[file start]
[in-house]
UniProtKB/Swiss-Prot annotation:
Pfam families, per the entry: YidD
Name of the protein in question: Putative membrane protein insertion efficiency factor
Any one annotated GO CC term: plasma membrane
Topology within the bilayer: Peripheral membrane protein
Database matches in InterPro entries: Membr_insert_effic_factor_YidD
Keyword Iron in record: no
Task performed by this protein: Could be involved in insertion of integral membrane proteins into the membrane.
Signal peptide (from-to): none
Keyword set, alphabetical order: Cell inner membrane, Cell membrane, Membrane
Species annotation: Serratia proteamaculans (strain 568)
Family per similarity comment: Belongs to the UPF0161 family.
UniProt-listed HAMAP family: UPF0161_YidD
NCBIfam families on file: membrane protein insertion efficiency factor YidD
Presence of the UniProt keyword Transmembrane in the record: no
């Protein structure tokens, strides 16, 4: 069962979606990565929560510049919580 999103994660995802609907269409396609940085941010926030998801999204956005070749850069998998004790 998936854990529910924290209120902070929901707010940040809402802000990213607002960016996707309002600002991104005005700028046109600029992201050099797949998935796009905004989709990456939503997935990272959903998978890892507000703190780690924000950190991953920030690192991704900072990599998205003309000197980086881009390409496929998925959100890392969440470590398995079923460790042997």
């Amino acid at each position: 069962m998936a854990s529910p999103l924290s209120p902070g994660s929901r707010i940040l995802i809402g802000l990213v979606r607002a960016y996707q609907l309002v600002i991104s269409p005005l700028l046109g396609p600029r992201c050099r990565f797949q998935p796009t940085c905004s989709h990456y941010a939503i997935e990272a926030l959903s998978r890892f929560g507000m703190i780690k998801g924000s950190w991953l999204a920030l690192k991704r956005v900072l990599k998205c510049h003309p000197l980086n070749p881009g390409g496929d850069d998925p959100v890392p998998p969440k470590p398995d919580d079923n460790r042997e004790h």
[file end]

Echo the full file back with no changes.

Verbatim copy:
[in-house]
UniProtKB/Swiss-Prot annotation:
Pfam families, per the entry: YidD
Name of the protein in question: Putative membrane protein insertion efficiency factor
Any one annotated GO CC term: plasma membrane
Topology within the bilayer: Peripheral membrane protein
Database matches in InterPro entries: Membr_insert_effic_factor_YidD
Keyword Iron in record: no
Task performed by this protein: Could be involved in insertion of integral membrane proteins into the membrane.
Signal peptide (from-to): none
Keyword set, alphabetical order: Cell inner membrane, Cell membrane, Membrane
Species annotation: Serratia proteamaculans (strain 568)
Family per similarity comment: Belongs to the UPF0161 family.
UniProt-listed HAMAP family: UPF0161_YidD
NCBIfam families on file: membrane protein insertion efficiency factor YidD
Presence of the UniProt keyword Transmembrane in the record: no
């Protein structure tokens, strides 16, 4: 069962979606990565929560510049919580 999103994660995802609907269409396609940085941010926030998801999204956005070749850069998998004790 998936854990529910924290209120902070929901707010940040809402802000990213607002960016996707309002600002991104005005700028046109600029992201050099797949998935796009905004989709990456939503997935990272959903998978890892507000703190780690924000950190991953920030690192991704900072990599998205003309000197980086881009390409496929998925959100890392969440470590398995079923460790042997």
């Amino acid at each position: 069962m998936a854990s529910p999103l924290s209120p902070g994660s929901r707010i940040l995802i809402g802000l990213v979606r607002a960016y996707q609907l309002v600002i991104s269409p005005l700028l046109g396609p600029r992201c050099r990565f797949q998935p796009t940085c905004s989709h990456y941010a939503i997935e990272a926030l959903s998978r890892f929560g507000m703190i780690k998801g924000s950190w991953l999204a920030l690192k991704r956005v900072l990599k998205c510049h003309p000197l980086n070749p881009g390409g496929d850069d998925p959100v890392p998998p969440k470590p398995d919580d079923n460790r042997e004790h």